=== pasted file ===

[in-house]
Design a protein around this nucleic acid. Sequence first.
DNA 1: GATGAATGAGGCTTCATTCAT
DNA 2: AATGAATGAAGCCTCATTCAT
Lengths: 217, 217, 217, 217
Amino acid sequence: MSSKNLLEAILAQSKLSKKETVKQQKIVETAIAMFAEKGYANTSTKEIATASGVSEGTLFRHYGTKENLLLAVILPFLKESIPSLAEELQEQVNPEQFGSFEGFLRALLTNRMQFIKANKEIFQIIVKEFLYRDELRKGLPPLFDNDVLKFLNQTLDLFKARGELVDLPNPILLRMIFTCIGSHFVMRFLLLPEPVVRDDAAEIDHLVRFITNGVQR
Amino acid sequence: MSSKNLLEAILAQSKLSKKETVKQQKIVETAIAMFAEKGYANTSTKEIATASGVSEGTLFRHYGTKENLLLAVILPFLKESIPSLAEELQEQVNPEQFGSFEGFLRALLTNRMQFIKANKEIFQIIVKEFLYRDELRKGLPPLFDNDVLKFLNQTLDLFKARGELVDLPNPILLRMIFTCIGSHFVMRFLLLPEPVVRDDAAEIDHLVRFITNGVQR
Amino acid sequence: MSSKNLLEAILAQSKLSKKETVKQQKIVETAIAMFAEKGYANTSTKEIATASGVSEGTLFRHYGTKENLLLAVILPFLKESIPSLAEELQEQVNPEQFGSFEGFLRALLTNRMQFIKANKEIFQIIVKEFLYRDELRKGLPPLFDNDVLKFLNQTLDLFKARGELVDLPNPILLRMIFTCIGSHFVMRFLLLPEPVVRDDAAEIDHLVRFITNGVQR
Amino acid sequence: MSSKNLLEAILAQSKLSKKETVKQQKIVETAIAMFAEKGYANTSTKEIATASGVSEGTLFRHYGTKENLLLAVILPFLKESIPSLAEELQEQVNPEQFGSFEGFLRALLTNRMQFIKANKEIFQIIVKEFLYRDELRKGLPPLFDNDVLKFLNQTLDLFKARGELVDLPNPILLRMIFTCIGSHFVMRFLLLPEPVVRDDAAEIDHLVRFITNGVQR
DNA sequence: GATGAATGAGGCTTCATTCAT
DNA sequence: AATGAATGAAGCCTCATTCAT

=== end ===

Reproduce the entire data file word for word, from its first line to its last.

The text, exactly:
[in-house]
Design a protein around this nucleic acid. Sequence first.
DNA 1: GATGAATGAGGCTTCATTCAT
DNA 2: AATGAATGAAGCCTCATTCAT
Lengths: 217, 217, 217, 217
Amino acid sequence: MSSKNLLEAILAQSKLSKKETVKQQKIVETAIAMFAEKGYANTSTKEIATASGVSEGTLFRHYGTKENLLLAVILPFLKESIPSLAEELQEQVNPEQFGSFEGFLRALLTNRMQFIKANKEIFQIIVKEFLYRDELRKGLPPLFDNDVLKFLNQTLDLFKARGELVDLPNPILLRMIFTCIGSHFVMRFLLLPEPVVRDDAAEIDHLVRFITNGVQR
Amino acid sequence: MSSKNLLEAILAQSKLSKKETVKQQKIVETAIAMFAEKGYANTSTKEIATASGVSEGTLFRHYGTKENLLLAVILPFLKESIPSLAEELQEQVNPEQFGSFEGFLRALLTNRMQFIKANKEIFQIIVKEFLYRDELRKGLPPLFDNDVLKFLNQTLDLFKARGELVDLPNPILLRMIFTCIGSHFVMRFLLLPEPVVRDDAAEIDHLVRFITNGVQR
Amino acid sequence: MSSKNLLEAILAQSKLSKKETVKQQKIVETAIAMFAEKGYANTSTKEIATASGVSEGTLFRHYGTKENLLLAVILPFLKESIPSLAEELQEQVNPEQFGSFEGFLRALLTNRMQFIKANKEIFQIIVKEFLYRDELRKGLPPLFDNDVLKFLNQTLDLFKARGELVDLPNPILLRMIFTCIGSHFVMRFLLLPEPVVRDDAAEIDHLVRFITNGVQR
Amino acid sequence: MSSKNLLEAILAQSKLSKKETVKQQKIVETAIAMFAEKGYANTSTKEIATASGVSEGTLFRHYGTKENLLLAVILPFLKESIPSLAEELQEQVNPEQFGSFEGFLRALLTNRMQFIKANKEIFQIIVKEFLYRDELRKGLPPLFDNDVLKFLNQTLDLFKARGELVDLPNPILLRMIFTCIGSHFVMRFLLLPEPVVRDDAAEIDHLVRFITNGVQR
DNA sequence: GATGAATGAGGCTTCATTCAT
DNA sequence: AATGAATGAAGCCTCATTCAT